When planning a new project I needed to tackle how to remote trigger a Canon DSLR camera. So I started with looking at the options and landed on using an infrared link to the camera. Things didn’t quite go as I expected.
The IR Camera Shutter Trigger
Some time ago I acquired an aftermarket remote shutter trigger that enabled immediate and delayed shutter release (S and 2S in the left image). So, I reasoned, I just need to work out what code was being transmitted and then replicate that from an Arduino. No problem.
The two traces were similar – the first (green) trace is for the immediate shutter release and the second (yellow) trace is for the delayed release.
The data tables on the right tells us that each signal is just two pulses in the IR modulated signal. For the green trace there is 1000 usec ‘low’, followed by 568 usec ‘high’ (the first pulse), 7124 usec low and 592 usec high (the second pulse). The yellow signal is similar with a shorter (5256 usec) gap between the two pulses. Both signals also seem to have a carrier frequency around 32 kHz.
Neither of these correspond to a ‘code’ as such, so I went out to the internet to see if what I was looking at made sense.
The Arduino Replacement
Creating an IR LED output driven by Arduino I/O pins the same as for any other LED. The complication is in the software creating the modulated signal that the IR receiver is expecting.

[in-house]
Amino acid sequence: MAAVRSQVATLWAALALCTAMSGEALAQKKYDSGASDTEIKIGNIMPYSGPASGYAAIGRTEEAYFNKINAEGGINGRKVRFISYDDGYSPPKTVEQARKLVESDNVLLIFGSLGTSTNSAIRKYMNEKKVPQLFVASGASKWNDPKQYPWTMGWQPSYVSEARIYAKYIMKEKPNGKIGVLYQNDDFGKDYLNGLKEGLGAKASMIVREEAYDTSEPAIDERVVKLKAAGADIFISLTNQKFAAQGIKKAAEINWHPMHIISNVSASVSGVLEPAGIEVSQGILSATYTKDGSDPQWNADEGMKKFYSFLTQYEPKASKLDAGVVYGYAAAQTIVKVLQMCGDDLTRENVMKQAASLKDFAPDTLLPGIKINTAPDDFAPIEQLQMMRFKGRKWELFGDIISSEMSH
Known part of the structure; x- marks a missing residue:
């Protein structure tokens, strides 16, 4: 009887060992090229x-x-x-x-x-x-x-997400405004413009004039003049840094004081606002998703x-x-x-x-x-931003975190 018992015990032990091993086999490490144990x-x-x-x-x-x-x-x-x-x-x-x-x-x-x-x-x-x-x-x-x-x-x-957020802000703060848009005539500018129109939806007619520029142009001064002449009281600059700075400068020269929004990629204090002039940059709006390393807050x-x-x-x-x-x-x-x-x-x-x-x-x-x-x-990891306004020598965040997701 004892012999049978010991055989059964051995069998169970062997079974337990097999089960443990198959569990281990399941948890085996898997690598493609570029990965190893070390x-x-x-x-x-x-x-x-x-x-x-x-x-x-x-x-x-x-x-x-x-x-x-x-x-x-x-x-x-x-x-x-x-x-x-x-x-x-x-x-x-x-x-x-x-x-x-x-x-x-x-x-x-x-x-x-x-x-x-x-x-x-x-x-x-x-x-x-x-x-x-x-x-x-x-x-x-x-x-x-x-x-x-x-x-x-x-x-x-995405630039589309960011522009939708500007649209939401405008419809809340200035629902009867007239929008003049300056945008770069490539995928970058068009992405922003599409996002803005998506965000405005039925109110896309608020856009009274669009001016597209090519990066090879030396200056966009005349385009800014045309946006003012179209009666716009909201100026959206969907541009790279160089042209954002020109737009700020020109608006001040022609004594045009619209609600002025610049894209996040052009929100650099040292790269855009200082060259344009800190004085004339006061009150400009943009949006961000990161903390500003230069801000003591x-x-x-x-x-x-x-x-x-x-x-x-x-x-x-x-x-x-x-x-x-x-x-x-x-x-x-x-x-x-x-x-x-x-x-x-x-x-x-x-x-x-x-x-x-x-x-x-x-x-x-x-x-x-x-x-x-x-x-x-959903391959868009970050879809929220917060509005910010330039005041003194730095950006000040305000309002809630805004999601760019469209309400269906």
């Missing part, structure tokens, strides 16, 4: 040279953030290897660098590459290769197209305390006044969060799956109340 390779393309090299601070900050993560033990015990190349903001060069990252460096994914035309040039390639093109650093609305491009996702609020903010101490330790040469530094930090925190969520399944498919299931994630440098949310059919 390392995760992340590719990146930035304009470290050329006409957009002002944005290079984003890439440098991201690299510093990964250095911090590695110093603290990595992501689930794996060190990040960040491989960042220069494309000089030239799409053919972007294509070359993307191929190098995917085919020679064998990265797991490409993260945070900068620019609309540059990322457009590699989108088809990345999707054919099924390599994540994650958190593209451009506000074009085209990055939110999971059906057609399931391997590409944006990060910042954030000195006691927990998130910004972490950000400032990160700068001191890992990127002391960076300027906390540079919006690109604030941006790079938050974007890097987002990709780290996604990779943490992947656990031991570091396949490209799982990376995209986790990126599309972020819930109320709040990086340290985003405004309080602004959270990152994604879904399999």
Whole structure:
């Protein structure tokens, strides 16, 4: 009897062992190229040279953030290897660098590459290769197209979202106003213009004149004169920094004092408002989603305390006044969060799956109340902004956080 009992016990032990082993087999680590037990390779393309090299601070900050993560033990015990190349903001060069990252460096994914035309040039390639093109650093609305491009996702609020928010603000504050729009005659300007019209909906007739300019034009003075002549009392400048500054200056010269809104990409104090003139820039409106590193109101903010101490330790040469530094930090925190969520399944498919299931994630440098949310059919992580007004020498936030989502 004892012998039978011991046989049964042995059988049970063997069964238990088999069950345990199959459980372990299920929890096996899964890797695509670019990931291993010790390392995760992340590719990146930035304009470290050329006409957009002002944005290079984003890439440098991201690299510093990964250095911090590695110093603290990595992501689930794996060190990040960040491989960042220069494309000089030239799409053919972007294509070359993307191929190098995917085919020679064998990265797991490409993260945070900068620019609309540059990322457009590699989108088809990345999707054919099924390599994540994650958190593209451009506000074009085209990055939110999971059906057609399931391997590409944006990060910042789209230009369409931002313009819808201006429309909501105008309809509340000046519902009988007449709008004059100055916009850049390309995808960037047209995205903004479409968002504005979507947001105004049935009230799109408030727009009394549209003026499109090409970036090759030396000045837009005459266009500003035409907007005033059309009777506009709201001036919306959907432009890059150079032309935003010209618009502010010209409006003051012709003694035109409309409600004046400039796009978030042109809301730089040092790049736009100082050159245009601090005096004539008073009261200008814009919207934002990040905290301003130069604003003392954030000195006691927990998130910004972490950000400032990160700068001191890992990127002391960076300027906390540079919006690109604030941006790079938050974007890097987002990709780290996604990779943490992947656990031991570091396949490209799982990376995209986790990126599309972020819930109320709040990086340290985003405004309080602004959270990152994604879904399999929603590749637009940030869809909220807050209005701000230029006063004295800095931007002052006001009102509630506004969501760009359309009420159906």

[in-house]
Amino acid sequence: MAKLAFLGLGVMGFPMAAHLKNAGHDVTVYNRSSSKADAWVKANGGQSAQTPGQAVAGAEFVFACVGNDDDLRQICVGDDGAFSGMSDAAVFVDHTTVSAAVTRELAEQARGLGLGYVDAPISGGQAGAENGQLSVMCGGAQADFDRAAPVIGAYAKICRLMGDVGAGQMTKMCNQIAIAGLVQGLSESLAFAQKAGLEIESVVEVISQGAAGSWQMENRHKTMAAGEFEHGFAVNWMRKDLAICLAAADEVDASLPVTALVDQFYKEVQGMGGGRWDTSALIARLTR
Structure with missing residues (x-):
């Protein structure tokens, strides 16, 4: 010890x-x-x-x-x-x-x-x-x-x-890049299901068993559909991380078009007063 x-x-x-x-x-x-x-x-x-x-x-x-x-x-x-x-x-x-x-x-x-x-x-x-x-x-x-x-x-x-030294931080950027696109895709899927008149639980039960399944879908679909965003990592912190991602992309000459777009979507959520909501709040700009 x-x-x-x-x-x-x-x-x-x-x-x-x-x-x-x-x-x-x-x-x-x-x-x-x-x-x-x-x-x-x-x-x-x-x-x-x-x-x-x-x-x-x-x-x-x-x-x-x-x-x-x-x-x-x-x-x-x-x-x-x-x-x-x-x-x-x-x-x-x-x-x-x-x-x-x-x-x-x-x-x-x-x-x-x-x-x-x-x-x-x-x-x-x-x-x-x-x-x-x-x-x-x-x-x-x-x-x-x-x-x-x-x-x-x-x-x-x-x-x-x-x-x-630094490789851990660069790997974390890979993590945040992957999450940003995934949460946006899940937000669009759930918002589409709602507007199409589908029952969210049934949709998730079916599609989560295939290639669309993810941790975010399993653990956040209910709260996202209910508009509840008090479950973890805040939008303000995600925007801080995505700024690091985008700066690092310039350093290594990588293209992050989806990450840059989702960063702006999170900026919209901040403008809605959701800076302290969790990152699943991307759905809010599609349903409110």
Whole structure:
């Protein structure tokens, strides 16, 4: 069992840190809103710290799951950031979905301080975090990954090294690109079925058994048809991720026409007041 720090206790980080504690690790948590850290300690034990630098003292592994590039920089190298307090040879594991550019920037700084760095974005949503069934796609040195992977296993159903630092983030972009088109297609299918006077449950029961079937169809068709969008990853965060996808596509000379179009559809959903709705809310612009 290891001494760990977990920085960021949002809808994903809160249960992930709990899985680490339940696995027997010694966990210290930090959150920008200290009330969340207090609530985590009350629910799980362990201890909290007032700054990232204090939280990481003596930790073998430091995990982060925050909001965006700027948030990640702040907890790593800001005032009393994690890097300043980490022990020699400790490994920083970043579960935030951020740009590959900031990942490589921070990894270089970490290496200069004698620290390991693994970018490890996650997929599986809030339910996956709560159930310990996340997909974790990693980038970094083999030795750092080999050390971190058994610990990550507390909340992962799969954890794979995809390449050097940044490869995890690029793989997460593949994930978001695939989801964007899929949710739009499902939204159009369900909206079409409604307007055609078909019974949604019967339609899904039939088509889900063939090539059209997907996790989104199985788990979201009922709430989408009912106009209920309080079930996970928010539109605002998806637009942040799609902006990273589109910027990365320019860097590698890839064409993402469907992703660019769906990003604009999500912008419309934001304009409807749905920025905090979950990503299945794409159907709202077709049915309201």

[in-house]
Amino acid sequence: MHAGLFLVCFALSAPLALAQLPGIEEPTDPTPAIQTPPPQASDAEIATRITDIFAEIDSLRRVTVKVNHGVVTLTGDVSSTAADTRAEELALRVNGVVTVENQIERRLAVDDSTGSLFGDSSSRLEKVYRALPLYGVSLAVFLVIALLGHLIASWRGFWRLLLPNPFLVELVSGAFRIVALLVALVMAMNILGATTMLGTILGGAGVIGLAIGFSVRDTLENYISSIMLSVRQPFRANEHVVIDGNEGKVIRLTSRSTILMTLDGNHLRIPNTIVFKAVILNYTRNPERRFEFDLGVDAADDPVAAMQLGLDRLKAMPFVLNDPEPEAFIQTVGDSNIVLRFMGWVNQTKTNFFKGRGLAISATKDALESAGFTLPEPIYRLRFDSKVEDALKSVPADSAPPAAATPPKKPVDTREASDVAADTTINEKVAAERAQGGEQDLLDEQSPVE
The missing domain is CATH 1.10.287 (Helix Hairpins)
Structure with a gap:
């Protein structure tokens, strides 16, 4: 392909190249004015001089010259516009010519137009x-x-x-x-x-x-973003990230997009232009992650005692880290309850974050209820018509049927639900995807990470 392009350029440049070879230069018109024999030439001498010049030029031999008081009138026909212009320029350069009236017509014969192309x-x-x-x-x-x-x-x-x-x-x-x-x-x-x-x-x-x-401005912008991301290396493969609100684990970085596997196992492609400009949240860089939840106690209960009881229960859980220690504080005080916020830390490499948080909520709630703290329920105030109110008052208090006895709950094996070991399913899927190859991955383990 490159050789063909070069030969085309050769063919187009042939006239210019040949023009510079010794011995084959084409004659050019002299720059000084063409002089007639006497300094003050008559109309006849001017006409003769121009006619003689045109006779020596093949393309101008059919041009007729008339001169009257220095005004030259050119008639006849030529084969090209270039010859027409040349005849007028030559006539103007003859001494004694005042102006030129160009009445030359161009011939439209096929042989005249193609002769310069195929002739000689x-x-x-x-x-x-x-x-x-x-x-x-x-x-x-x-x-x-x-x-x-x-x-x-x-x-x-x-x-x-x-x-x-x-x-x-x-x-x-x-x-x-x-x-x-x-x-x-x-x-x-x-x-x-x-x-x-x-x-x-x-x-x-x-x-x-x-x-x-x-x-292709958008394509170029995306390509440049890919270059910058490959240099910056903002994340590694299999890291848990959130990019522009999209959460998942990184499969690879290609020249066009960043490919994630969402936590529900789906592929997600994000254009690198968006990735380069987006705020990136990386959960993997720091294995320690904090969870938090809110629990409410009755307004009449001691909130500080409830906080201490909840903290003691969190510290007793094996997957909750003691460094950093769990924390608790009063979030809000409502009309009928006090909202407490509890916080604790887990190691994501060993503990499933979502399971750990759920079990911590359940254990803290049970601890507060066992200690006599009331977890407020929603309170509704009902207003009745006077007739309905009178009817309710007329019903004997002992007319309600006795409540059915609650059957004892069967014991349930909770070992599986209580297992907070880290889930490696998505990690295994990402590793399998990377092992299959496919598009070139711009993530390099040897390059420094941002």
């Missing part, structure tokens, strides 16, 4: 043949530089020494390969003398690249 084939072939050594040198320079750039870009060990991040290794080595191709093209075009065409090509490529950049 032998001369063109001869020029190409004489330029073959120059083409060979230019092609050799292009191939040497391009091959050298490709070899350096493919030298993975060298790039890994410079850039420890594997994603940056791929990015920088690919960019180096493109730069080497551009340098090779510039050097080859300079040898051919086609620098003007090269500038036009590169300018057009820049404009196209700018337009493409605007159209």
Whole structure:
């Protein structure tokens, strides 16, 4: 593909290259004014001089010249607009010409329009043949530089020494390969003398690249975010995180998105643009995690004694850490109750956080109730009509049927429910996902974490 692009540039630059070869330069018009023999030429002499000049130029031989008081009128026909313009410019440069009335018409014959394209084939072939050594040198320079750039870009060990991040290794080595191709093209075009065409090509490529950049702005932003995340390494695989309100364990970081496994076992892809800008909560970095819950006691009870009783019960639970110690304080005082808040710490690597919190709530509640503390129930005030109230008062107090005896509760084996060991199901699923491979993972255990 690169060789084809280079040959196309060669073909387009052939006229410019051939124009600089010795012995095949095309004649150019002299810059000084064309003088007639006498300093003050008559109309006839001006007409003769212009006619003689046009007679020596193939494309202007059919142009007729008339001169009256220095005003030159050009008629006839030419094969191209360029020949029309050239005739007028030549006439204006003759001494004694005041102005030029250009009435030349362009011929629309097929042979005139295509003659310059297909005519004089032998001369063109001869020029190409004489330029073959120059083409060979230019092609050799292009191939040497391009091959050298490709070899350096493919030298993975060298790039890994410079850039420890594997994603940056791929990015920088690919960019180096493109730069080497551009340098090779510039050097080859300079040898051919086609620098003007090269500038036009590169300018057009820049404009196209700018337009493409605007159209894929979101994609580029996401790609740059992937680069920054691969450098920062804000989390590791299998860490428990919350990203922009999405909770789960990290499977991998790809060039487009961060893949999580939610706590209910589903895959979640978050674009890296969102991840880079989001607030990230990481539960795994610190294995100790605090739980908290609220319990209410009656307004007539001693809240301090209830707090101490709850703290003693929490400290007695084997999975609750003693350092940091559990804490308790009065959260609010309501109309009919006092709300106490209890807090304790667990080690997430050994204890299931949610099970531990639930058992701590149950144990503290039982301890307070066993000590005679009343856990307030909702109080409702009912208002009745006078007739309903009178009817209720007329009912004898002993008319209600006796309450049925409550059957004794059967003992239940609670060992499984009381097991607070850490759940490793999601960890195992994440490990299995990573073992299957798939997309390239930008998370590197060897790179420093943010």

My investigations also uncovered multiCameraIrControl, an old and probably now unsupported Arduino library, that allows applications to trigger camera shutters for a range of digital camera brands, including Canon.
So I installed it and ran their test code. The main thing is that it actually did work with the camera (the main point of this work), so I compared the library signal to the hardware IR Remote signal using AnalysIR for the immediate shutter release:
The green trace is the hardware output, the yellow the Arduino software. The important feature is that the timing parameters are similar to those quoted above, and the signal looks ‘good enough’ to trigger the camera, as it does.
What I thought was going to be a ‘tricky’ part of the project turned out to be relatively simple. The one thing I did learn was that I should be doing more research as it it likely, in Arduino-land, that someone else has done something similar before!